The interview, by Pauline Chen, the surgeon and NY Times author who writes the terrific “Doctor and Patient” column on-line, is here — it mostly focuses on my thoughts about patient safety 10 years into the movement. The story and topic were also picked up by Tara Parker-Pope in her “Well” blog, and the comments are already coming fast and furious. I had put the Kevlar vest away after the feedback from my New England Journal piece on “‘no blame’ vs. accountability” turned out to be surprisingly benign, but I may need to pull it out of deep storage. Patient safety generates such deep passions; it’s one of the things that makes thinking about and trying to improve it so damn interesting.
I’ve taken a bit of a blog break but will have a couple of pre-holiday posts in the next few days, one on our Root Cause Analysis epiphany at UCSF, and another one profiling the most creative researcher in all of medicine. Stay tuned.
I am angry. Perhaps, you are too. As a physician, it is heart-wrenching to watch people unnecessarily die from gun violence. As a mom, it strikes fear in my heart to know that our nation’s children are not safe in our schools. I vividly remember being a resident on call in the ICU when I […]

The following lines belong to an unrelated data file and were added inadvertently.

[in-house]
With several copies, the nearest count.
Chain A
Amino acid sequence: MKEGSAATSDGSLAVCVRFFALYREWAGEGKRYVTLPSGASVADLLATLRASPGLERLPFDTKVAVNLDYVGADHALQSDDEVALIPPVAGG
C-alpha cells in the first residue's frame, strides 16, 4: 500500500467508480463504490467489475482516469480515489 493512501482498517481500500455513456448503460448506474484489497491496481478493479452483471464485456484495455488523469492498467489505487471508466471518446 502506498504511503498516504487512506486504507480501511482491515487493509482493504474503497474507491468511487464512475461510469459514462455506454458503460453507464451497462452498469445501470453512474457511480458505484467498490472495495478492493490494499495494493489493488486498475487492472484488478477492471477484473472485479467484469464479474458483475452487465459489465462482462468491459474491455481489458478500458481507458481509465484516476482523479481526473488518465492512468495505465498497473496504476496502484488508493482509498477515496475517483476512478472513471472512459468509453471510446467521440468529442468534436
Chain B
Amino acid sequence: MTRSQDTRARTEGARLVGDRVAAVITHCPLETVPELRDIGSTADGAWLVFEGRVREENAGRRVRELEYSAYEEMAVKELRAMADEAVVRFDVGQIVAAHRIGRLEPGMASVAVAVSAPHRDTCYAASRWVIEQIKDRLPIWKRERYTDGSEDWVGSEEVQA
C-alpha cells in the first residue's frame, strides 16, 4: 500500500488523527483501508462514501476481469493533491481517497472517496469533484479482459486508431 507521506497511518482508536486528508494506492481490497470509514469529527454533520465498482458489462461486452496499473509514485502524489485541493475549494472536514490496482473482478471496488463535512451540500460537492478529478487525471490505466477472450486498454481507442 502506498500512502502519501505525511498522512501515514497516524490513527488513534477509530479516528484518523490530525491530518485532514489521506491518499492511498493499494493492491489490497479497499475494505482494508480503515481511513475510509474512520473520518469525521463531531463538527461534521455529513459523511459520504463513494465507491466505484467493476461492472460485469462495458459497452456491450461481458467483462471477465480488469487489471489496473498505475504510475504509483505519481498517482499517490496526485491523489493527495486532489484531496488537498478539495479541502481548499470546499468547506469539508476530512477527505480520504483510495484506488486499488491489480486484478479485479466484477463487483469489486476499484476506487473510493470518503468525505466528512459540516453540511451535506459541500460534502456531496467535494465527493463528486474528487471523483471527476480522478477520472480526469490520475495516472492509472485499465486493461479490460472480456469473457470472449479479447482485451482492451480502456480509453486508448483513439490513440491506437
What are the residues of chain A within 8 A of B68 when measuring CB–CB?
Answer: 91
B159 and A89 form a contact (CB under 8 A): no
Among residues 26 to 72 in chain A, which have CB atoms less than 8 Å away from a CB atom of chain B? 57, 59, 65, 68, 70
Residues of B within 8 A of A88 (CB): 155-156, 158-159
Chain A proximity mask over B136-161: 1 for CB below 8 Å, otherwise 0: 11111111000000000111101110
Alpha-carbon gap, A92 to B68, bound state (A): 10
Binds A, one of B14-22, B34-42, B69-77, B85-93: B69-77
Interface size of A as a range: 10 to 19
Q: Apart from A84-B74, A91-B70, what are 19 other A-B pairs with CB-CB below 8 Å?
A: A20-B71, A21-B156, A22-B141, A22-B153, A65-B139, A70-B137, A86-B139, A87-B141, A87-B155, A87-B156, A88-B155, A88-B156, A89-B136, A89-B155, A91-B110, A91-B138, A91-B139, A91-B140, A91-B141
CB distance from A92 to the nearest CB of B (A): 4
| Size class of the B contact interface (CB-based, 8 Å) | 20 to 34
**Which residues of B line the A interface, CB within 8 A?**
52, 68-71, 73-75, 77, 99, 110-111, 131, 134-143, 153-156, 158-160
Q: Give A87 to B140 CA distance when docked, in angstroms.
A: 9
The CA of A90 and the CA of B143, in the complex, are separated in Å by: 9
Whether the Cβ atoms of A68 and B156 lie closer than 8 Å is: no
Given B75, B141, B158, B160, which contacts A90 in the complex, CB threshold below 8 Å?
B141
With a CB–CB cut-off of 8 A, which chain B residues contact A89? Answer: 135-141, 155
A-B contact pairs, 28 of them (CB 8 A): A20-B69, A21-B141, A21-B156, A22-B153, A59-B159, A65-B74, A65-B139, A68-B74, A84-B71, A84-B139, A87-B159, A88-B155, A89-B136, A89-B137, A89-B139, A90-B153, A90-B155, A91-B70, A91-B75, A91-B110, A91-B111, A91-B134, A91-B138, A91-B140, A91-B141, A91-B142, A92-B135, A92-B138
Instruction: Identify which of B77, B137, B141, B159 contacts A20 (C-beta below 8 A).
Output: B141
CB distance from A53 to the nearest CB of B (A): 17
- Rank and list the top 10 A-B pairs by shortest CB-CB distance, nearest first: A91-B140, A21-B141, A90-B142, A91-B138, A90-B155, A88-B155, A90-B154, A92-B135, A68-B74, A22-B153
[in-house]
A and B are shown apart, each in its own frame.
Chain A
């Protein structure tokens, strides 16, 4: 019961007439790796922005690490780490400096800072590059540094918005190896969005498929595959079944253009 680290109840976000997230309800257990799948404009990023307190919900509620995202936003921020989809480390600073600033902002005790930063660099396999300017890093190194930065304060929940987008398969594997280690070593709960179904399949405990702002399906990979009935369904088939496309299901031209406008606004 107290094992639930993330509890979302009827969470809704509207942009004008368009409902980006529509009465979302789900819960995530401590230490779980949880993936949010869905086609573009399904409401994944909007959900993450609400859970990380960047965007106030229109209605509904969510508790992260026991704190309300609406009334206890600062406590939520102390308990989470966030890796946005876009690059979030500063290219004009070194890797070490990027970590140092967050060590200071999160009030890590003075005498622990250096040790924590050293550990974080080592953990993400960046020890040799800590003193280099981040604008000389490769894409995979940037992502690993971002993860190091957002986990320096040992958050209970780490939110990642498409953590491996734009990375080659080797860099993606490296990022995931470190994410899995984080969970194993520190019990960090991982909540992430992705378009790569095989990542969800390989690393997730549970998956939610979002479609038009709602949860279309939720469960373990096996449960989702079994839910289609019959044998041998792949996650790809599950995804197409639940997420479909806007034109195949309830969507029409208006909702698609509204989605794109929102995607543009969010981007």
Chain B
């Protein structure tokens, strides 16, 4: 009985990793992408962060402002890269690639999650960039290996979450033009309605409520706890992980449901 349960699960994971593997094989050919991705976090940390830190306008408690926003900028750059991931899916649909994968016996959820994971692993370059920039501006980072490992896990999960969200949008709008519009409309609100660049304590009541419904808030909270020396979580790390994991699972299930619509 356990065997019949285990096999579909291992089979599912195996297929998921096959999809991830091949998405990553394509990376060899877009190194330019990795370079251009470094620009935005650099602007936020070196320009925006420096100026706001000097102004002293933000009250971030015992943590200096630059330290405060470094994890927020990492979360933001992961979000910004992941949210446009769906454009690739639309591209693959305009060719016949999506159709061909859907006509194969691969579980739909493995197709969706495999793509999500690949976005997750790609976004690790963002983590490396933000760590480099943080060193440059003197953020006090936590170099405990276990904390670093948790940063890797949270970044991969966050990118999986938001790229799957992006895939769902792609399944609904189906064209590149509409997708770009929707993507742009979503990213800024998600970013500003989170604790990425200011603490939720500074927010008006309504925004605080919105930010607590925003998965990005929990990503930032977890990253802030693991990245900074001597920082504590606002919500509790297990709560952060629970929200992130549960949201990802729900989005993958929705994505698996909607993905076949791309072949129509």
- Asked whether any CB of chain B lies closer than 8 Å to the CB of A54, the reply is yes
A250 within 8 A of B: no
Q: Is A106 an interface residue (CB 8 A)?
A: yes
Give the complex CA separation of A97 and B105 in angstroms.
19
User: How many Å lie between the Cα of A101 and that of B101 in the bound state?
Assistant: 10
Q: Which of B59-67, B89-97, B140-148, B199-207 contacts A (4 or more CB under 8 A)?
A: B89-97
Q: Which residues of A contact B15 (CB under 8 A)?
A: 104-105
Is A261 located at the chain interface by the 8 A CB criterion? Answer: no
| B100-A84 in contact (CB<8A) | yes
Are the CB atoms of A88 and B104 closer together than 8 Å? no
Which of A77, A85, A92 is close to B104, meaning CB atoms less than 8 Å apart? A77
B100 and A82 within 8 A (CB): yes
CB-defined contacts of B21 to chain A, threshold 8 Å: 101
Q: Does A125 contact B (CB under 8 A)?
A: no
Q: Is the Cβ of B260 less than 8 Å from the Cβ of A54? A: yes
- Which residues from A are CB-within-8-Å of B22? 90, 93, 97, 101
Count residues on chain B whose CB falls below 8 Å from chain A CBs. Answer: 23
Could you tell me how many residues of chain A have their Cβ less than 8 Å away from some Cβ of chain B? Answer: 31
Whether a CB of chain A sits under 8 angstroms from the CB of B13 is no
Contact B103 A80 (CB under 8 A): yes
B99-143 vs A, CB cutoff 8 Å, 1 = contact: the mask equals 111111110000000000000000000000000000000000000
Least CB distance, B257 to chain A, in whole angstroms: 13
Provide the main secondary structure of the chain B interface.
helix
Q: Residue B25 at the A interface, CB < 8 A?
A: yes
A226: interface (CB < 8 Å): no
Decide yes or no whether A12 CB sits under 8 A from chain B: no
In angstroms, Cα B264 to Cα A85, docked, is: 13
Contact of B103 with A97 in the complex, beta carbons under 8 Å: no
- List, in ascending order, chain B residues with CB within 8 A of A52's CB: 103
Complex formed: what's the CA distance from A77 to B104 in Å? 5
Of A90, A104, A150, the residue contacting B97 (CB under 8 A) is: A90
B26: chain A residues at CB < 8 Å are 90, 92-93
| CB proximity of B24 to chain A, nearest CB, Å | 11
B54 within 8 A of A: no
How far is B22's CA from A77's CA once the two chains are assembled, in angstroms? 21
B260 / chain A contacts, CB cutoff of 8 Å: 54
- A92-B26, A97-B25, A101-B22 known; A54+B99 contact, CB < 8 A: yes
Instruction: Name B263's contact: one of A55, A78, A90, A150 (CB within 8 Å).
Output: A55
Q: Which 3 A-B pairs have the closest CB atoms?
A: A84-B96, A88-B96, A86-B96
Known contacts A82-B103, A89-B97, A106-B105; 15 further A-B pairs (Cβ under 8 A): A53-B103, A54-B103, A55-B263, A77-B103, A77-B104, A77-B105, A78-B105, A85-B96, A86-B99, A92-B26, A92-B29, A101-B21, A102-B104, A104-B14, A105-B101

“We are playing the same sport, but a different game,” the wise, thoughtful emergency medicine attending physician once told me. “I am playing speed chess – I need to make a move quickly, or I lose – no matter what. My moves have to be right, but they don’t always necessarily need to be the […]
“One-out-of-three”. I’m going to say that one more time: “One-out-of-three”. That’s the amount of medical resources that a group of surveyed hospitalists believe is used toward defensive medicine. Can you think of any other aspect of your life in which 1/3 of your decisions are made, not to optimize the outcome, but “just to be […]